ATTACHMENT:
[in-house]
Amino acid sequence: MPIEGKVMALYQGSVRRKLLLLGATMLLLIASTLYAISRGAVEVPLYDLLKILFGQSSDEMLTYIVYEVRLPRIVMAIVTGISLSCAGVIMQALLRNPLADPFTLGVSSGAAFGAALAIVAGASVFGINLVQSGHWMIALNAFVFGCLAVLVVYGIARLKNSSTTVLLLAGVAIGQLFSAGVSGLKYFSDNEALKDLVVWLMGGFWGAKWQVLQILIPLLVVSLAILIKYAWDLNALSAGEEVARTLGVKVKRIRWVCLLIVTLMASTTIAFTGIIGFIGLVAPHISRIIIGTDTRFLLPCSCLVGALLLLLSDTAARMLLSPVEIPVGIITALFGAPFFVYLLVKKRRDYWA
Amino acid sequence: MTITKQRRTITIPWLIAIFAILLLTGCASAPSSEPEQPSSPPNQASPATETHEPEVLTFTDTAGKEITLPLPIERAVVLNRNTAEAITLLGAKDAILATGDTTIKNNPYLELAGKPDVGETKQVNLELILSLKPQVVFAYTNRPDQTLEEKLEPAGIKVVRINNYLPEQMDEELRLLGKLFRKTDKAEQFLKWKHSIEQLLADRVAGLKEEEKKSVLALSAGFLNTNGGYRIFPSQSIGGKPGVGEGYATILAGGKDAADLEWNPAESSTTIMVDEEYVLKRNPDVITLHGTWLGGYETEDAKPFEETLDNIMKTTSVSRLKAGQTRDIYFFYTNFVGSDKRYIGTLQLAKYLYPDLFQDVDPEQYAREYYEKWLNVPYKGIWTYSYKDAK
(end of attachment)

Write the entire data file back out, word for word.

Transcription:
[in-house]
Amino acid sequence: MPIEGKVMALYQGSVRRKLLLLGATMLLLIASTLYAISRGAVEVPLYDLLKILFGQSSDEMLTYIVYEVRLPRIVMAIVTGISLSCAGVIMQALLRNPLADPFTLGVSSGAAFGAALAIVAGASVFGINLVQSGHWMIALNAFVFGCLAVLVVYGIARLKNSSTTVLLLAGVAIGQLFSAGVSGLKYFSDNEALKDLVVWLMGGFWGAKWQVLQILIPLLVVSLAILIKYAWDLNALSAGEEVARTLGVKVKRIRWVCLLIVTLMASTTIAFTGIIGFIGLVAPHISRIIIGTDTRFLLPCSCLVGALLLLLSDTAARMLLSPVEIPVGIITALFGAPFFVYLLVKKRRDYWA
Amino acid sequence: MTITKQRRTITIPWLIAIFAILLLTGCASAPSSEPEQPSSPPNQASPATETHEPEVLTFTDTAGKEITLPLPIERAVVLNRNTAEAITLLGAKDAILATGDTTIKNNPYLELAGKPDVGETKQVNLELILSLKPQVVFAYTNRPDQTLEEKLEPAGIKVVRINNYLPEQMDEELRLLGKLFRKTDKAEQFLKWKHSIEQLLADRVAGLKEEEKKSVLALSAGFLNTNGGYRIFPSQSIGGKPGVGEGYATILAGGKDAADLEWNPAESSTTIMVDEEYVLKRNPDVITLHGTWLGGYETEDAKPFEETLDNIMKTTSVSRLKAGQTRDIYFFYTNFVGSDKRYIGTLQLAKYLYPDLFQDVDPEQYAREYYEKWLNVPYKGIWTYSYKDAK